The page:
As you know, I threw my back out again. So I've been rocking the heating pad quite a bit. My first instinct was that I forgot to shut it off and my couch was on fire. But I got up and it was fine.
So I stumbled into my kitchen. Maybe a dishtowel magically ignited on the gas stove (that I haven't used for days).
Then, I opened the front door -- the smell of smoke was even stronger in the hallway. Now totally convinced my apartment building was on fire, I did a few things, while still half asleep:
1) I switched from pajama pants to lounge pants. A subtle difference, unless you consider that my pajama pants were covered in green butterflies and my lounge pants were plain navy blue. That felt more presentable. At 2am. I also put on a bra. No butterflies there.
2) I gathered up my purse, wallet, keys, and cell phone. And just for good measure, my cell phone charger.
3) I brushed my hair and my teeth. And then put my toothbrush in my pants pocket.
4) I grabbed a granola bar, a bottle of water, and a bottle of Advil liquigels (because the extra-strength Excedrin tablets I've been popping for my back are slowly giving me a stomach ulcer).
Oddly, I didn’t put on shoes – but maybe I didn't notice because I had socks on my feet (that’s how I always sleep).
Then I sat on the edge of my bed, with my purse on my lap, waiting for the fire alarm to go off. It was kind of like waiting for a bus. But nothing happened. So I called the lobby downstairs. Maybe they didn't know about the fire that surely must have been raging directly above or below my apartment, based on the strength of the smell.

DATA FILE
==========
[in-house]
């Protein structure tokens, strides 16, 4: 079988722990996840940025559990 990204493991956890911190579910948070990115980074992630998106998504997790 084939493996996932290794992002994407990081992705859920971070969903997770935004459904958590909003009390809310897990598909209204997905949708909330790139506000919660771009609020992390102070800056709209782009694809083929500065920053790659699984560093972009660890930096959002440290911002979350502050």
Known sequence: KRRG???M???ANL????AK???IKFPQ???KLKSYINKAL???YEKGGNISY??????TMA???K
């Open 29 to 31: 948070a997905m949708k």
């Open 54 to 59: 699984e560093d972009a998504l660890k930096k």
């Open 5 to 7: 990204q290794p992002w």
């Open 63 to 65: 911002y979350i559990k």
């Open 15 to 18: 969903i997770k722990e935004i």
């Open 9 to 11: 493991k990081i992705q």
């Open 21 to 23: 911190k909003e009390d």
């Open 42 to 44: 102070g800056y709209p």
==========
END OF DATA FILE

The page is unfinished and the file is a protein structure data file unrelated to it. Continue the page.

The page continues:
It was my duty to call! Nobody answered.
So I struggled to open my window, not because they're hard to open, but because everything's a struggle when your back hurts. I finally got it open only to find that all of 40th Street was full of smoke. My heart started racing. And I immediately shuffled over to my kitchen table to grab a piece of mail and stuffed it in my purse. My renter’s insurance policy arrived the other day. I thought it might come in handy incase all my new stuff burst into flames.
Then I went back to the window. This time, I pressed my face up against the screen, straining to see the street. I'm on the 28th floor, so you can't see much. I could hear sirens, but it didn't seem like anything was happening directly below on 40th or 2nd. So I looked to the right, and saw TONS of red and white fire truck lights.
At this point, it was about 2:45. In the morning. And I realized it wasn't a fire in my building after all, just a ton of smoke. Seeing the blaze was a block away, I went back to bed. In my navy pants. With the toothbrush in my pocket.
This morning when my alarm went off, part of me thought the smoke was all a crazy dream. I grabbed a tissue off the nightstand and blew my nose. What came out looked a bit like soot, so I flipped on my beloved Channel 11 morning "news." Surely, if anything happened, it would be a top story (right after the Mexican jumping bean contest -- or something equally ridiculous).
Turns out there WAS a fire. On 39th and 3rd. A 5 alarm fire, no less, with nearly 200 firefighters on the scene. It started shortly after midnight in the kitchen of a restaurant, and quickly spread to the neighboring restaurant. When they zoomed out, I realized I knew one of them -- The Frontier Coffee Shop! I once had a great piece of apple pie there, shortly after I moved into the neighborhood.
The first time.
It always struck me as an odd building amidst all the skyscrapers, kind of like the city grew up around it. While sitting in a corner booth reading a magazine and eating my pie, I remember overhearing a woman at the table next to me and the waitress whispering that disgraced NY Governor Eliot Spitzer used to come in for breakfast after he’d worked up an appetite with his… female constituents.
If the Wild West had a Denny’s, it could have been inspiration for the Frontier. I guess it was the American dream for a couple of immigrant brothers back in 1974 to build a Greek diner with a cowboy theme. Looking at the charred exterior of the building, your heart can’t help but break for the family, their 40 employees, and the 15 people who were hurt battling the blaze when the roof collapsed.
I truly hope they rebuild. And when they do, I’ll come by -- in my leisure pants -- for a piece of pie.
tags: city life, food